Wednesday, December 3, 2008

CIEDRA, others are flawed


There were notable errors of fact and logic in your recent editorial on the CIEDRA and Owyhee bills. First, CIEDRA has never been part of the omnibus public lands bill that is currently on hold. The omnibus' sponsor, Senator Bingaman, excluded bills deemed so controversial that they would drag the whole omnibus down (even without Sen. Coburn's help). CIEDRA, having passed the House only under the pre-2004 Republic majority, having never acquired a Senate sponsor, and with opposition by 47 grassroots groups--including 15 in Idaho--could not meet that test. The Owyhee bill made it into the omnibus because it has been substantially rewritten by the Democrats to remove some of its most outrageous provisions.

It is beyond me why Crapo and Simpson deserve such praise. Anyone can draft a bill—it's successful passage that matters. The "polarizations, preconceptions, and misconceptions" you say these two politicians faced were actually exacerbated by their own approaches—in both cases, catering to a select group of "stakeholders" and rejecting input from anyone outside the club. Rep. Simpson can't get CIEDRA past the Democratic staff because the microscopic amendments he made last spring were a mockery. If the bills stall, you fear lands will be lost to "private desires [eroding]... public protections," when CIEDRA would give away thousands of acres of public land for private development.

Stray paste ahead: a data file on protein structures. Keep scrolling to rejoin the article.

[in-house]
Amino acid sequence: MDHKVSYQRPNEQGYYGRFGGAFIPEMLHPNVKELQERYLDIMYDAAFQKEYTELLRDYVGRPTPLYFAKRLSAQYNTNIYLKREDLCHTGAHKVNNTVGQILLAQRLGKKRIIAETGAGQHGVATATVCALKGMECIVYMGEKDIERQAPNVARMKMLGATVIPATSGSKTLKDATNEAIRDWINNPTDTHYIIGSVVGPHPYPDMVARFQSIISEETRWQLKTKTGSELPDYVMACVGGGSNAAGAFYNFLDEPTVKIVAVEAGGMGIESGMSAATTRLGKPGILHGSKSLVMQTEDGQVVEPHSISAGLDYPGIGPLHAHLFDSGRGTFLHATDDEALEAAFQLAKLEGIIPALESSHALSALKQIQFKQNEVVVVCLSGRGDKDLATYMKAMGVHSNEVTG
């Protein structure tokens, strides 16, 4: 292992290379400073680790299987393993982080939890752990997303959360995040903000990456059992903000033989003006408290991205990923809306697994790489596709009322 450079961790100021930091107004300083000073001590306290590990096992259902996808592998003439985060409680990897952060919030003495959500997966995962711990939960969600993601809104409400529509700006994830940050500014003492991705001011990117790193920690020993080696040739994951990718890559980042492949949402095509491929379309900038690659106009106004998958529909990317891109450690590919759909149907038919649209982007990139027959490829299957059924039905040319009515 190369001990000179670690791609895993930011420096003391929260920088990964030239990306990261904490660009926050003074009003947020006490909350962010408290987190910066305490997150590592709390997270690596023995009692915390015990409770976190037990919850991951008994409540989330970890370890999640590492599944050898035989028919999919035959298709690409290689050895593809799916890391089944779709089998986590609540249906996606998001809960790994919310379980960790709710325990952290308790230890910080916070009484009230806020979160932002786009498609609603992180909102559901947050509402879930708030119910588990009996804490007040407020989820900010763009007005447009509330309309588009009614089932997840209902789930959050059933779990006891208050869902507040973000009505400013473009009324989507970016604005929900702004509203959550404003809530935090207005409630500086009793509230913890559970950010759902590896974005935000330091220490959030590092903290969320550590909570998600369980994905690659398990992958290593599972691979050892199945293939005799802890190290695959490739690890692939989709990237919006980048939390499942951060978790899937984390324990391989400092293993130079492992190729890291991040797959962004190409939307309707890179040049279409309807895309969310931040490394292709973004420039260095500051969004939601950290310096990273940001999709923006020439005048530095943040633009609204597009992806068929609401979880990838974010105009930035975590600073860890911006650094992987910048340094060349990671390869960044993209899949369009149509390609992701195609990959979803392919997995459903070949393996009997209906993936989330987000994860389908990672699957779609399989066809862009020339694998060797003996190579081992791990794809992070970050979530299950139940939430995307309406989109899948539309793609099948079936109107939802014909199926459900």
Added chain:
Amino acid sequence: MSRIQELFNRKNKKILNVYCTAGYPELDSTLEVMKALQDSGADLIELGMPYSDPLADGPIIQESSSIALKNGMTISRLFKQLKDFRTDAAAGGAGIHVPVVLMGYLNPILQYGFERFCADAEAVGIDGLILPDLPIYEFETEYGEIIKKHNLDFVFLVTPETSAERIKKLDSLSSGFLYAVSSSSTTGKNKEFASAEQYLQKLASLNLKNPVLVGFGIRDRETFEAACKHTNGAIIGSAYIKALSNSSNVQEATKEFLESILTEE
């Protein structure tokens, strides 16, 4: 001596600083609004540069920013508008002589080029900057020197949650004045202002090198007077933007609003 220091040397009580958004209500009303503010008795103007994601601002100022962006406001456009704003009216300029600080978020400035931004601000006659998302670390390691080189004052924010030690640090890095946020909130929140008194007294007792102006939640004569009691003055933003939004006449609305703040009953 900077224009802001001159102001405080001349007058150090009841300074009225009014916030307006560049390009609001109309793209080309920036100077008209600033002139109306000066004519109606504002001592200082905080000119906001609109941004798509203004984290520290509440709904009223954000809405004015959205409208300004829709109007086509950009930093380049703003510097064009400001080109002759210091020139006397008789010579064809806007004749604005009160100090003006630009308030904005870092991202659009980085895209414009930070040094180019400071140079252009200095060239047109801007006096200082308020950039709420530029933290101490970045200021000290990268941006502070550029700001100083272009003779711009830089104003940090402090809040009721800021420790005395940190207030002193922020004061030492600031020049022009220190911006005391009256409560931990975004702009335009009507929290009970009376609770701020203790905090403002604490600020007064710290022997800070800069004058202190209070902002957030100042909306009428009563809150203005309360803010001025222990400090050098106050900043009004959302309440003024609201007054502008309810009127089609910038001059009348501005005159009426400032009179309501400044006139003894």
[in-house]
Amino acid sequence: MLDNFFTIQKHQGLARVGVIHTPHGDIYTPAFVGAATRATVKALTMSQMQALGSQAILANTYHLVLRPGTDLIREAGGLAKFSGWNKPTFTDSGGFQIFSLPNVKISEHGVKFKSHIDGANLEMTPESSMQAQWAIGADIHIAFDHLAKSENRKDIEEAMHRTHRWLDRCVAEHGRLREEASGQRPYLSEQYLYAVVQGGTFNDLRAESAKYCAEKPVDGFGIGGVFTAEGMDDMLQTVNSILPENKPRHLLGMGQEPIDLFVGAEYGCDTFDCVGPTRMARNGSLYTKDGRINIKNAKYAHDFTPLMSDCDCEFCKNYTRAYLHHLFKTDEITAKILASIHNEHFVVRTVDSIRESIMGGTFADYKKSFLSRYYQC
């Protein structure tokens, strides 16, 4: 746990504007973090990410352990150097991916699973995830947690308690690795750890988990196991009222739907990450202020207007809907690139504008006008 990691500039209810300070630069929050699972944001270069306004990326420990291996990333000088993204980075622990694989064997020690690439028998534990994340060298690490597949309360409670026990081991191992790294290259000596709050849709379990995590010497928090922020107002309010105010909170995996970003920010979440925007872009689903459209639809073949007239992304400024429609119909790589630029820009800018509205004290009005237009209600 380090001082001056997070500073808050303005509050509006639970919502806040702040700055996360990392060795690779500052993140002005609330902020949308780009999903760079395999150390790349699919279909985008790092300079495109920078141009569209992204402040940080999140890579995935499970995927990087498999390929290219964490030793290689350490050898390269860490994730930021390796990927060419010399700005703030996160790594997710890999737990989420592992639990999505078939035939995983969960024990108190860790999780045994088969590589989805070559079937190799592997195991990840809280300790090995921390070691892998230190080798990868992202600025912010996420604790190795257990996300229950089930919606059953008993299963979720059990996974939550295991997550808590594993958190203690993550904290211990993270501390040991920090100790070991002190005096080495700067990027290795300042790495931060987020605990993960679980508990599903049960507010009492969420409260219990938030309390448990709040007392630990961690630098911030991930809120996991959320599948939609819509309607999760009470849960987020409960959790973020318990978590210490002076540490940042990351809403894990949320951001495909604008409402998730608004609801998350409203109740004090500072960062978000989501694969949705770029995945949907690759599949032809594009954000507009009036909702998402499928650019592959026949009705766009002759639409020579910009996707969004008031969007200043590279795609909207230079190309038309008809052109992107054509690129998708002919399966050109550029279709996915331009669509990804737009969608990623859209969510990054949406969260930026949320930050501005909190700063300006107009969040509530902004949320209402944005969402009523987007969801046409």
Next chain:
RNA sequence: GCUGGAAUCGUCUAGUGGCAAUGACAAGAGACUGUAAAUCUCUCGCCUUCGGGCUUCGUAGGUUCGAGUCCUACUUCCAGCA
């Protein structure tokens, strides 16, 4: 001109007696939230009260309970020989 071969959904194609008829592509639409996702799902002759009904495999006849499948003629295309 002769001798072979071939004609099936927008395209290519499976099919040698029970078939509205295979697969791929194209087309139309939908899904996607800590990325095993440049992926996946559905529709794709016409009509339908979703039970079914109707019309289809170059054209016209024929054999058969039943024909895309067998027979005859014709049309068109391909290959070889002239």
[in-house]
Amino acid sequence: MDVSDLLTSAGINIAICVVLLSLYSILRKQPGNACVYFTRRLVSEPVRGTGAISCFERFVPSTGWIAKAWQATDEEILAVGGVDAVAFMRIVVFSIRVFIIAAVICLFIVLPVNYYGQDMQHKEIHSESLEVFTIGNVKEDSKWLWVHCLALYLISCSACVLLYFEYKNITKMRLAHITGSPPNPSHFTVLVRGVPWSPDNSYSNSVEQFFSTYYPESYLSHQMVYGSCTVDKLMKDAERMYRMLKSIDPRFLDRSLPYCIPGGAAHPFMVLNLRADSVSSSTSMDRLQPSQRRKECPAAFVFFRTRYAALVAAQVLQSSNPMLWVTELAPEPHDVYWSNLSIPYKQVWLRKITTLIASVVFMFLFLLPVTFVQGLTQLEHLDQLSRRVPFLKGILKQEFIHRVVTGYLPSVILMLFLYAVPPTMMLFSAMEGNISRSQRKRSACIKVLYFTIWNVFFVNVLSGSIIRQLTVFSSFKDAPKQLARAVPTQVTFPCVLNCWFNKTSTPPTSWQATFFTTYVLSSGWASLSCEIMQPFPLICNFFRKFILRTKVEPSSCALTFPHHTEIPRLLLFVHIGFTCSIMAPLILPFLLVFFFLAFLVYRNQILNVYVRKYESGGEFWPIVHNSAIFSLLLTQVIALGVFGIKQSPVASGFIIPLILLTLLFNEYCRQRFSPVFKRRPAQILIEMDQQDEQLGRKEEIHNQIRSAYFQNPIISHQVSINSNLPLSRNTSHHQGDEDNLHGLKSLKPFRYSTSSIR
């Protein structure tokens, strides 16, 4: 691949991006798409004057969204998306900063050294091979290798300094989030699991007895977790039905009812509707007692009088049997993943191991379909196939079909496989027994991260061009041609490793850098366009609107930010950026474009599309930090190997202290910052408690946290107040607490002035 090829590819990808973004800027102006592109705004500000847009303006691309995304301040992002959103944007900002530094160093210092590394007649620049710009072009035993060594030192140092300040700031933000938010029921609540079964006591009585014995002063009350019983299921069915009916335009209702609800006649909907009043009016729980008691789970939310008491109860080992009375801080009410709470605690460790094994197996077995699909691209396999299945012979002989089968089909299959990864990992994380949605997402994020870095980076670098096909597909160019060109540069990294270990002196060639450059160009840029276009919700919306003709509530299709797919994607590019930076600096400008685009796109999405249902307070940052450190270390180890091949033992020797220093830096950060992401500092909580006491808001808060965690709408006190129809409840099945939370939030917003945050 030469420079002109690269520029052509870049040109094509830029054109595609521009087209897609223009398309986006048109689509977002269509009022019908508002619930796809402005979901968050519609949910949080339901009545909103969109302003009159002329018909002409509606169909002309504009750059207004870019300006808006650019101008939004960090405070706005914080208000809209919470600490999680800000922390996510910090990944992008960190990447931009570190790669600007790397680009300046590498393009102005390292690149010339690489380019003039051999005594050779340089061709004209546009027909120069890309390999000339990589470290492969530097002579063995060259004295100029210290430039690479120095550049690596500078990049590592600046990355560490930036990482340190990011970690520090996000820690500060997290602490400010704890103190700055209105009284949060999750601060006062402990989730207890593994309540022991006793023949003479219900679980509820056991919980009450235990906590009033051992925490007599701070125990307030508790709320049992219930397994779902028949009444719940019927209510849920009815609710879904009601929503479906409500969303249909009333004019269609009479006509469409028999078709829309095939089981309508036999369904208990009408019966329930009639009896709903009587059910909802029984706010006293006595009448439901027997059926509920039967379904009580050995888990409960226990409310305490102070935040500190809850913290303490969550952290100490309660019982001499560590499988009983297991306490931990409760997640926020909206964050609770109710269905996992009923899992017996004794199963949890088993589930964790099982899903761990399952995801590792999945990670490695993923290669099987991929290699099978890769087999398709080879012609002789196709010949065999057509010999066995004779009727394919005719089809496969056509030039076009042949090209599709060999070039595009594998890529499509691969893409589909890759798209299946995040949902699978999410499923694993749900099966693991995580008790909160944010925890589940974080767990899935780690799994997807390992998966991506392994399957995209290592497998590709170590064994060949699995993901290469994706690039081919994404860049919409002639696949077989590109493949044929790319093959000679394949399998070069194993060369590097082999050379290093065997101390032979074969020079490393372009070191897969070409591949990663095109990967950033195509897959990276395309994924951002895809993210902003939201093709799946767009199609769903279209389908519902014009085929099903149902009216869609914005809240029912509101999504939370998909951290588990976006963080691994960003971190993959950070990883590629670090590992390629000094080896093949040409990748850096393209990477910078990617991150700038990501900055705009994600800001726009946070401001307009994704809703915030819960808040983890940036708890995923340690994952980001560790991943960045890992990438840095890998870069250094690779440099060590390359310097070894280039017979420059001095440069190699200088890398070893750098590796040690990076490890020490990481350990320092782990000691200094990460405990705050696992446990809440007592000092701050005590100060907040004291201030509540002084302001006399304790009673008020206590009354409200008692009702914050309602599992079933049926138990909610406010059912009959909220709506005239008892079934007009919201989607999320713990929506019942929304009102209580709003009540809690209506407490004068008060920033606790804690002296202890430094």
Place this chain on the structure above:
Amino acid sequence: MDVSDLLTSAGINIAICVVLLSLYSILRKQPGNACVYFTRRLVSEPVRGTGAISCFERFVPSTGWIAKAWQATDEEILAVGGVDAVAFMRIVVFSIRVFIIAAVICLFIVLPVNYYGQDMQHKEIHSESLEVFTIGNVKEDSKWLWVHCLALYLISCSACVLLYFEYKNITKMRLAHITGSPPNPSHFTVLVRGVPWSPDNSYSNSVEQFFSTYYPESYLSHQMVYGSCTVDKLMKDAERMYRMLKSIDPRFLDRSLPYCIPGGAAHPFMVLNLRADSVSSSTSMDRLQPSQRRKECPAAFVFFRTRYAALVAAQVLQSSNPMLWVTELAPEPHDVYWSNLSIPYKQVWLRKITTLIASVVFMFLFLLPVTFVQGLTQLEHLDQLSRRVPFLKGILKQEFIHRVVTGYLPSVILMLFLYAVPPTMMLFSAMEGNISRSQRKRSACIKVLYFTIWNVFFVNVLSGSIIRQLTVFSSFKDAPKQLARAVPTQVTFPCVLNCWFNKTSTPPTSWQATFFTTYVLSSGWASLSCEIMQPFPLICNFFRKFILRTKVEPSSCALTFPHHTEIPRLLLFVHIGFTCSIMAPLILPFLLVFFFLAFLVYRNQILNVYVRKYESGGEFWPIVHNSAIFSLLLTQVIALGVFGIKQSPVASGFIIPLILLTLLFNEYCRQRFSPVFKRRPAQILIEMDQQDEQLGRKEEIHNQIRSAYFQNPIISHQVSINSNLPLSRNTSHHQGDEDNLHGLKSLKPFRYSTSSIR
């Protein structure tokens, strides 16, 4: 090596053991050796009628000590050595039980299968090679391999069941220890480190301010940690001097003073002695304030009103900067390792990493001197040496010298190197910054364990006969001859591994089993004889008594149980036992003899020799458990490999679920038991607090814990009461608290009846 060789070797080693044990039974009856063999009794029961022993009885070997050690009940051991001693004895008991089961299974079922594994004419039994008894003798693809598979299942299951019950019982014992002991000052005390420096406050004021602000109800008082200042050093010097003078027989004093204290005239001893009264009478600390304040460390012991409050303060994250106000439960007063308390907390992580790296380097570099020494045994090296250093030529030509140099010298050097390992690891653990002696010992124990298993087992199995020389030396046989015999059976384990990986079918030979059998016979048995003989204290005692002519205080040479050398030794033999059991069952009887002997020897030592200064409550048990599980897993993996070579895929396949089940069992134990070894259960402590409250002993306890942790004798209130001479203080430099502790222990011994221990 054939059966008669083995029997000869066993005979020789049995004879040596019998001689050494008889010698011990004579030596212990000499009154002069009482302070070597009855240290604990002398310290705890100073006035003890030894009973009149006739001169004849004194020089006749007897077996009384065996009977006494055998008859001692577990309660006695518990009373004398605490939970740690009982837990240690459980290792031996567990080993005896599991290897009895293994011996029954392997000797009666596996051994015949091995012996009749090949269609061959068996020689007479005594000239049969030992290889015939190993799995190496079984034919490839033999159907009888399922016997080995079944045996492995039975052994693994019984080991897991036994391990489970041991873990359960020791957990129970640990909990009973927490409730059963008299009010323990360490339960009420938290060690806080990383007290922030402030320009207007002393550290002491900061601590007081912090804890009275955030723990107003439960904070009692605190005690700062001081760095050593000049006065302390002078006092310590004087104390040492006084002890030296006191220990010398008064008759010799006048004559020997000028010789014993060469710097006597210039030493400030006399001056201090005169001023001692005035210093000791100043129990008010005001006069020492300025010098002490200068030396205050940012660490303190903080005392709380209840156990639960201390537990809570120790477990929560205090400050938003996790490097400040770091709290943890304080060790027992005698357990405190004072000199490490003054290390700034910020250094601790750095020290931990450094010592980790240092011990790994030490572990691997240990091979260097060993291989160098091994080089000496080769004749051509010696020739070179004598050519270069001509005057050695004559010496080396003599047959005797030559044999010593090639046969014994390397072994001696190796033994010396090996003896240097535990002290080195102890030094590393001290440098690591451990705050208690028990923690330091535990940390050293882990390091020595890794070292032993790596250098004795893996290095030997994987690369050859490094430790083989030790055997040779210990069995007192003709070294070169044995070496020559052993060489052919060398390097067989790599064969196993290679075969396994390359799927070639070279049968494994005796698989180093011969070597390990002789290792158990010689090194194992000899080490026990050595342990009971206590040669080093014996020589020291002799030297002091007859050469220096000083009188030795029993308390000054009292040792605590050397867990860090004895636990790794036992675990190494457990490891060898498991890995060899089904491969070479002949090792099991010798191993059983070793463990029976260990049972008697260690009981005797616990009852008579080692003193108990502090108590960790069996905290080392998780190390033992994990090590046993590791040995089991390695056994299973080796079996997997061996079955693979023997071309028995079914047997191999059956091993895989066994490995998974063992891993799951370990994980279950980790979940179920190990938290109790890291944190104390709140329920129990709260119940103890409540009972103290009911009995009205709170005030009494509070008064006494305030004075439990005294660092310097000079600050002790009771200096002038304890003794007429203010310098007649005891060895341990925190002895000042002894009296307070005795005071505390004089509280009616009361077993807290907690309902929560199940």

And finally, you sternly warn against "larding" these wilderness bills ... with wilderness! If the Idaho delegation is to lead with the good sense and good governance you call for, it can begin by abandoning the deeply flawed and divisive practice of larding wilderness legislation with custom-designed special interest provisions. A return to real wilderness protection might garner the bi-partisan support CIEDRA has always lacked.

Janine Blaeloch

Seattle




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